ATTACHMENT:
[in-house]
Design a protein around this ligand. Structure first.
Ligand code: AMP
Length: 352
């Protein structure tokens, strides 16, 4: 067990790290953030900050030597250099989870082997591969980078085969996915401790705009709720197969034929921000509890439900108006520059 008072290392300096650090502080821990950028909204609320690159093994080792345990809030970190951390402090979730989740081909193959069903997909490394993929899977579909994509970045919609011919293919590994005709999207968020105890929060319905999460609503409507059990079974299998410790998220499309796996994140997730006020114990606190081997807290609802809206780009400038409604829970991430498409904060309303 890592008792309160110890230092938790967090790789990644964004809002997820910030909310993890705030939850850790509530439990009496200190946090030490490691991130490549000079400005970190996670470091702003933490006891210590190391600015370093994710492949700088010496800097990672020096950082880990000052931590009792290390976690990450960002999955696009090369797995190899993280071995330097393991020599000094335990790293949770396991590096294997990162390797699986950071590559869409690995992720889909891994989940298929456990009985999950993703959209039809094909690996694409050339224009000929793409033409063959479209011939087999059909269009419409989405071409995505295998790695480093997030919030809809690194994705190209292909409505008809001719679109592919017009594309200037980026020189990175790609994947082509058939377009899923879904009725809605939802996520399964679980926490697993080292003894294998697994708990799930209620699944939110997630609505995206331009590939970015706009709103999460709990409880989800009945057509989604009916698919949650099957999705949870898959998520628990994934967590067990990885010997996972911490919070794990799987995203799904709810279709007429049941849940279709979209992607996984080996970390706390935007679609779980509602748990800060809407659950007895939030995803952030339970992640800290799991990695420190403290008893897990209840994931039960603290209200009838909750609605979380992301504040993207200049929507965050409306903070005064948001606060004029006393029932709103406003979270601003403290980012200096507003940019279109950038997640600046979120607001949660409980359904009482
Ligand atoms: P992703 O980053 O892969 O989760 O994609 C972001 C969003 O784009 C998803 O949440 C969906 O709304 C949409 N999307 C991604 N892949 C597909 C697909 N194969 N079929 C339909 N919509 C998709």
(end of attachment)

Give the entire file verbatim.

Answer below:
[in-house]
Design a protein around this ligand. Structure first.
Ligand code: AMP
Length: 352
């Protein structure tokens, strides 16, 4: 067990790290953030900050030597250099989870082997591969980078085969996915401790705009709720197969034929921000509890439900108006520059 008072290392300096650090502080821990950028909204609320690159093994080792345990809030970190951390402090979730989740081909193959069903997909490394993929899977579909994509970045919609011919293919590994005709999207968020105890929060319905999460609503409507059990079974299998410790998220499309796996994140997730006020114990606190081997807290609802809206780009400038409604829970991430498409904060309303 890592008792309160110890230092938790967090790789990644964004809002997820910030909310993890705030939850850790509530439990009496200190946090030490490691991130490549000079400005970190996670470091702003933490006891210590190391600015370093994710492949700088010496800097990672020096950082880990000052931590009792290390976690990450960002999955696009090369797995190899993280071995330097393991020599000094335990790293949770396991590096294997990162390797699986950071590559869409690995992720889909891994989940298929456990009985999950993703959209039809094909690996694409050339224009000929793409033409063959479209011939087999059909269009419409989405071409995505295998790695480093997030919030809809690194994705190209292909409505008809001719679109592919017009594309200037980026020189990175790609994947082509058939377009899923879904009725809605939802996520399964679980926490697993080292003894294998697994708990799930209620699944939110997630609505995206331009590939970015706009709103999460709990409880989800009945057509989604009916698919949650099957999705949870898959998520628990994934967590067990990885010997996972911490919070794990799987995203799904709810279709007429049941849940279709979209992607996984080996970390706390935007679609779980509602748990800060809407659950007895939030995803952030339970992640800290799991990695420190403290008893897990209840994931039960603290209200009838909750609605979380992301504040993207200049929507965050409306903070005064948001606060004029006393029932709103406003979270601003403290980012200096507003940019279109950038997640600046979120607001949660409980359904009482
Ligand atoms: P992703 O980053 O892969 O989760 O994609 C972001 C969003 O784009 C998803 O949440 C969906 O709304 C949409 N999307 C991604 N892949 C597909 C697909 N194969 N079929 C339909 N919509 C998709």